A reflection on the meaning of life, death and life after death by a Saskatchewan Mennonite Youth Organization member attending this year’s ‘Zombie apocalypse’ winter retreat at the Shekinah Retreat Centre.
A roomful of zombies set the frightful scene for this year’s senior-high retreat organized by the Saskatchewan Mennonite Youth Organization (SMYO). While they weren’t real zombies, they were dealing with real life and death issues.
Suzanne Gross, back row left, a member of Edmonton First Mennonite Church, and Sam Semier, Julie Saby and Andre Tinio, students at the University of Alberta, pose with their Sudanese music students as part of an applied ethnomusicology course. Christmas Chany, Naigay Bhan and Changkuoth Tut hold instruments donated to Edmonton South Sudanese Mennonite Church by Mennonite Church Alberta; they began learning guitar last November and were able to help lead singing at their church’s anniversary celebration on Jan. 26.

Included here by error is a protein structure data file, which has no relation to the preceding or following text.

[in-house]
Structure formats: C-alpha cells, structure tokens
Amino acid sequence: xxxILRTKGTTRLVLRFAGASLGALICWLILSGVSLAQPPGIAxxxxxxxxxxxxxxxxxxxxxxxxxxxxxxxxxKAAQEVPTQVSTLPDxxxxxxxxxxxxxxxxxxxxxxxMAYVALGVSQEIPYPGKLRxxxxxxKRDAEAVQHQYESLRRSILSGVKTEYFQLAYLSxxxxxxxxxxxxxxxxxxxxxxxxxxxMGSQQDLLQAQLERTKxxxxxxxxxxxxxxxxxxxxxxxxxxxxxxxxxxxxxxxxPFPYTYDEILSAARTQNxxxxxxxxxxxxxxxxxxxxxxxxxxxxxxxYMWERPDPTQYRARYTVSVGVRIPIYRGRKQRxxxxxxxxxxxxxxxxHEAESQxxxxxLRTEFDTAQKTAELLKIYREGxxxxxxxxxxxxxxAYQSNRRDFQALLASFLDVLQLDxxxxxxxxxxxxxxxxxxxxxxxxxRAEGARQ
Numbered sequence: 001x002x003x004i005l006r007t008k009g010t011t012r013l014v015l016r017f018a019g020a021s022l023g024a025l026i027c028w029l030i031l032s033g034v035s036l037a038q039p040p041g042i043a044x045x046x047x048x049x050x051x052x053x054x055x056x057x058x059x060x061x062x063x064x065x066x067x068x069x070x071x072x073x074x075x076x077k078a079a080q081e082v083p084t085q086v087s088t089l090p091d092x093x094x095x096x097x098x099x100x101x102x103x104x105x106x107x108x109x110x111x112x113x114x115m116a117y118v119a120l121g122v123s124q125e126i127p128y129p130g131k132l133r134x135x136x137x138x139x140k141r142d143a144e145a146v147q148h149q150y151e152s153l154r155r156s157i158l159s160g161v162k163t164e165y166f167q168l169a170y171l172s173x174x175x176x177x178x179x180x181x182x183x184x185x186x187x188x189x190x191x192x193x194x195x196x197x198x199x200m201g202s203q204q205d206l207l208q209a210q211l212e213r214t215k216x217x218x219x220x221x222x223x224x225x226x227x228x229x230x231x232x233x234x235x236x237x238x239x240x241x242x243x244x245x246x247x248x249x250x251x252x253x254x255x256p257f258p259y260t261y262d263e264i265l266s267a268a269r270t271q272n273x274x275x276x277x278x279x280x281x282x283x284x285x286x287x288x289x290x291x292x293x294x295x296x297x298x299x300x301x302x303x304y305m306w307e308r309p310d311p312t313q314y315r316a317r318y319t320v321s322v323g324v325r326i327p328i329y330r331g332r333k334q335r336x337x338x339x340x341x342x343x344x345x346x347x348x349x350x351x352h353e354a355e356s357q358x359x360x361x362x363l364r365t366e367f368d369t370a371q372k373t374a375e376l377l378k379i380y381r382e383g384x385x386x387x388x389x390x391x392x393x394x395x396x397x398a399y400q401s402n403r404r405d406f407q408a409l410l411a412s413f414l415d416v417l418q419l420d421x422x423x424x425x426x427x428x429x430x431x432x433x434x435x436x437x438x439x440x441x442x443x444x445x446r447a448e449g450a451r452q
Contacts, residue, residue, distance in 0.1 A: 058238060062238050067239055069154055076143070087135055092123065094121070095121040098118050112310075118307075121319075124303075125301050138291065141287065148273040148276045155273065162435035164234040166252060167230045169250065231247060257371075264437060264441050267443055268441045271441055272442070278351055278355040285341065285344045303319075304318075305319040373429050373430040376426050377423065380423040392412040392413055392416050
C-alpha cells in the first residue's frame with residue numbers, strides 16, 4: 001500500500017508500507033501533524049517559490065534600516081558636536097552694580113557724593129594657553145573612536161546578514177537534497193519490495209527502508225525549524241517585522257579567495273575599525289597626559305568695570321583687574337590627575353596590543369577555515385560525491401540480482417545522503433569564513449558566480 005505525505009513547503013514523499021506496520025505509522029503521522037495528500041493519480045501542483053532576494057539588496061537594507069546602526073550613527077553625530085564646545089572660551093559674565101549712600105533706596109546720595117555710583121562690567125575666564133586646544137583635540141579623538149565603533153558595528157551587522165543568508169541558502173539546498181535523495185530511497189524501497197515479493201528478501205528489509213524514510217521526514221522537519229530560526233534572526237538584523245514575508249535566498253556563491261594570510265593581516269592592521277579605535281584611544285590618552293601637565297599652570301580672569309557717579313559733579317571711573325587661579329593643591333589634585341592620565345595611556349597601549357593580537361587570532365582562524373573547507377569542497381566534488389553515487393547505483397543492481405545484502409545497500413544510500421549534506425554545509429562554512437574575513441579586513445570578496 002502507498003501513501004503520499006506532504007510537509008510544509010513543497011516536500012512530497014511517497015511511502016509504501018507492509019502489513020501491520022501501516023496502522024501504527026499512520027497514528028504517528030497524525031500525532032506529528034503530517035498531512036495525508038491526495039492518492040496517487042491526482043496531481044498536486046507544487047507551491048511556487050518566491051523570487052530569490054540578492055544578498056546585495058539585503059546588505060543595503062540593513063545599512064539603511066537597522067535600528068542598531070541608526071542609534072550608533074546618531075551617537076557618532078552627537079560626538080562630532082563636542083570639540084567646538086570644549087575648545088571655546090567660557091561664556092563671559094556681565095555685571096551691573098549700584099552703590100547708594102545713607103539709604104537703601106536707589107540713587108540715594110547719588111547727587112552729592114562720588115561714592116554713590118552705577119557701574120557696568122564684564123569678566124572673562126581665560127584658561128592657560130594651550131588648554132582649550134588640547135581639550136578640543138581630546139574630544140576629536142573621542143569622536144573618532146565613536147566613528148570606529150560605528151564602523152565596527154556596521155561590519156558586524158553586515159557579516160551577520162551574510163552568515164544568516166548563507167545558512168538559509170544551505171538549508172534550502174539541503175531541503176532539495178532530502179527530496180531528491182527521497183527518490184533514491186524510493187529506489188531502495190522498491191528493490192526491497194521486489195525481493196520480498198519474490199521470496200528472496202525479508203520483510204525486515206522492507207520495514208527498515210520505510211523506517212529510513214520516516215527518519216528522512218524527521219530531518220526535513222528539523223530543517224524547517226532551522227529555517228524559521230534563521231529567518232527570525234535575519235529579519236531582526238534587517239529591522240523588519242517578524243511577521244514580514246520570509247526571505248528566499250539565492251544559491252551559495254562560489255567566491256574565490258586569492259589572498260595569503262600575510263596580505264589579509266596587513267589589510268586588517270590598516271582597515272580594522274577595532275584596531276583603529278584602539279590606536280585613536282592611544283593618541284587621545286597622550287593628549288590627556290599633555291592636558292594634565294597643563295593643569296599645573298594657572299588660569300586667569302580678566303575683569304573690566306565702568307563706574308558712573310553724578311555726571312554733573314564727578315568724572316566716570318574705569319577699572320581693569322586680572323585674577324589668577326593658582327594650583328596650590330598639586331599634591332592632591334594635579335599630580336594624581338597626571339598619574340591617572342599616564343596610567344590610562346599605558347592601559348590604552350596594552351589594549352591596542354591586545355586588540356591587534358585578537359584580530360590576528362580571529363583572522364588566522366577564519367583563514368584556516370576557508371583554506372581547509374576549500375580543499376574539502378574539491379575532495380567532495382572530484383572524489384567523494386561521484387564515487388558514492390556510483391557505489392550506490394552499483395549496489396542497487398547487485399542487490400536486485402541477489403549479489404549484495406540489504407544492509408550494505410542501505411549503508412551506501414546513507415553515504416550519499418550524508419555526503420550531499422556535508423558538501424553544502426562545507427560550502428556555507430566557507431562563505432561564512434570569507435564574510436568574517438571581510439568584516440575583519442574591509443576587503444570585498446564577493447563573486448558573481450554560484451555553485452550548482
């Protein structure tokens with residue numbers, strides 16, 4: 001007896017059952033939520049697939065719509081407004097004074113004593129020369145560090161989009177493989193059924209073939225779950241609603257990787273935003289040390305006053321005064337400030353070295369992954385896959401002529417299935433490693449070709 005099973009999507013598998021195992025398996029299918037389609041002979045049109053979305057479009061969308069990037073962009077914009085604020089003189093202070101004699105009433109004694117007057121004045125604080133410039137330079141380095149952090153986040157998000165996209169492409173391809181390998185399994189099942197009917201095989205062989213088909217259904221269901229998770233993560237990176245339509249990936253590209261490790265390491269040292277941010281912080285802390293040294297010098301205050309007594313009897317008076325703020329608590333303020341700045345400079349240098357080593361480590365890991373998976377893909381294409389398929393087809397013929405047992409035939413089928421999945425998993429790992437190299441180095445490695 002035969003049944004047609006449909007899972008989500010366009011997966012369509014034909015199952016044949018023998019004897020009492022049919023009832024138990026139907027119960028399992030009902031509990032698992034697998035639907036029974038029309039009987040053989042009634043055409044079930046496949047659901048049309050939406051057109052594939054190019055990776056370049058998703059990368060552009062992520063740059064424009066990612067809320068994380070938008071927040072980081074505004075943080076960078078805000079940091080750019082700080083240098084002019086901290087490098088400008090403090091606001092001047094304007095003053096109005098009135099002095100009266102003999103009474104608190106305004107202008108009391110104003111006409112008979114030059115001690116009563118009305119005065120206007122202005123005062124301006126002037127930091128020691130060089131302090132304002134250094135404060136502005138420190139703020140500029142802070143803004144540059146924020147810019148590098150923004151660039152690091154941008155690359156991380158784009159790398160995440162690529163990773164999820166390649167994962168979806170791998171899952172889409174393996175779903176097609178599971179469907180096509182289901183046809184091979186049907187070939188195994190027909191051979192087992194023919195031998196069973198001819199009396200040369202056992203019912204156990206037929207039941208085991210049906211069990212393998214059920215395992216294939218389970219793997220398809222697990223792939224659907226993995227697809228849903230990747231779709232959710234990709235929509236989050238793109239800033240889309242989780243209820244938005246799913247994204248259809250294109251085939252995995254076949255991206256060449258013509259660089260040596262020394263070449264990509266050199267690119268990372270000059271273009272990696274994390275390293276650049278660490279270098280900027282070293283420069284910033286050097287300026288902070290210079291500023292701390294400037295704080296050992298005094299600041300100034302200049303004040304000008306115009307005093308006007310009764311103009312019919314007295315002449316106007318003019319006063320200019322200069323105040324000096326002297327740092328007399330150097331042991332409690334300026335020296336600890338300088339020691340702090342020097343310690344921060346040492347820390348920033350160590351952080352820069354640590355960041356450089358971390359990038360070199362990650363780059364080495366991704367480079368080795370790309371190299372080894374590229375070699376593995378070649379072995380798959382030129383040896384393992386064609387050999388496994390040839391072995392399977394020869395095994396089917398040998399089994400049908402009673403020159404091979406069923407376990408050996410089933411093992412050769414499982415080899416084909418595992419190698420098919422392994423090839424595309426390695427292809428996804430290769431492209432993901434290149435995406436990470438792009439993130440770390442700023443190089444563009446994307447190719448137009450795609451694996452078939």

“When people named Rueben, Peter, James, and John show up at your door, you realize it’s a sign from God. . . . When they say they want your help to start a church, you help in any way you can.”
Tim Wiebe-Neufeld, co-pastor at Edmonton First Mennonite Church, voiced these words on Jan. 26 when he preached at the first anniversary service of Edmonton South Sudanese Mennonite Church.
Tall Grass Prairie Bread Company is well-known in and around Winnipeg for its gooey cinnamon buns and its organic local baking and preserves, suffusing the marketplace at the Forks and its Wolseley neighbourhood with the aroma of fresh baking.
It is not uncommon to hear people complain about the younger generation. But are today’s youth really all that different than youth of previous generations? Saskatoon grandmother Marlene Froese and her granddaughter Kenna Forrester don’t think so.